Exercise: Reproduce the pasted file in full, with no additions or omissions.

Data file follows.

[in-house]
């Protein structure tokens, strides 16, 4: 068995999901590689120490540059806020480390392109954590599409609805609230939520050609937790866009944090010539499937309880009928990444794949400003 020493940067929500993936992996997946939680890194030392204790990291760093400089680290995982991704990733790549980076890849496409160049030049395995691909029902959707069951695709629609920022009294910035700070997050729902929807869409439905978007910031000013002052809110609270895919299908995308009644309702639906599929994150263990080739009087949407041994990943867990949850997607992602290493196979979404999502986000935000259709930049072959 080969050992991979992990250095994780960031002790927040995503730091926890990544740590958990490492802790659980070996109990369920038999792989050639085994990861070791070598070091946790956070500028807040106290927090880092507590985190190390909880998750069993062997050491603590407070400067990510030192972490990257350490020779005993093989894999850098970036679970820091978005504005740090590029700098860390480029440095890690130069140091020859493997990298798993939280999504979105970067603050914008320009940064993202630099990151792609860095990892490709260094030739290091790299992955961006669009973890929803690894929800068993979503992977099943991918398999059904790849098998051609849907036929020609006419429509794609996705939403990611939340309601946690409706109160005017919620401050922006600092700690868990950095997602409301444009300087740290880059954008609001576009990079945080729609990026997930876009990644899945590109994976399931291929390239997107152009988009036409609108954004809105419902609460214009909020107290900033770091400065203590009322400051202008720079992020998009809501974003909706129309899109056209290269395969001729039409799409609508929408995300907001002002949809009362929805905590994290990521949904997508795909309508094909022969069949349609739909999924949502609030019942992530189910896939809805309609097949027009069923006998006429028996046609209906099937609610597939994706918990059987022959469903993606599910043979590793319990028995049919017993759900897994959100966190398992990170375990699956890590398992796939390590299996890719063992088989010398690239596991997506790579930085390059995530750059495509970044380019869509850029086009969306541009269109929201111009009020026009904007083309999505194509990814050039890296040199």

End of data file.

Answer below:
[in-house]
């Protein structure tokens, strides 16, 4: 068995999901590689120490540059806020480390392109954590599409609805609230939520050609937790866009944090010539499937309880009928990444794949400003 020493940067929500993936992996997946939680890194030392204790990291760093400089680290995982991704990733790549980076890849496409160049030049395995691909029902959707069951695709629609920022009294910035700070997050729902929807869409439905978007910031000013002052809110609270895919299908995308009644309702639906599929994150263990080739009087949407041994990943867990949850997607992602290493196979979404999502986000935000259709930049072959 080969050992991979992990250095994780960031002790927040995503730091926890990544740590958990490492802790659980070996109990369920038999792989050639085994990861070791070598070091946790956070500028807040106290927090880092507590985190190390909880998750069993062997050491603590407070400067990510030192972490990257350490020779005993093989894999850098970036679970820091978005504005740090590029700098860390480029440095890690130069140091020859493997990298798993939280999504979105970067603050914008320009940064993202630099990151792609860095990892490709260094030739290091790299992955961006669009973890929803690894929800068993979503992977099943991918398999059904790849098998051609849907036929020609006419429509794609996705939403990611939340309601946690409706109160005017919620401050922006600092700690868990950095997602409301444009300087740290880059954008609001576009990079945080729609990026997930876009990644899945590109994976399931291929390239997107152009988009036409609108954004809105419902609460214009909020107290900033770091400065203590009322400051202008720079992020998009809501974003909706129309899109056209290269395969001729039409799409609508929408995300907001002002949809009362929805905590994290990521949904997508795909309508094909022969069949349609739909999924949502609030019942992530189910896939809805309609097949027009069923006998006429028996046609209906099937609610597939994706918990059987022959469903993606599910043979590793319990028995049919017993759900897994959100966190398992990170375990699956890590398992796939390590299996890719063992088989010398690239596991997506790579930085390059995530750059495509970044380019869509850029086009969306541009269109929201111009009020026009904007083309999505194509990814050039890296040199």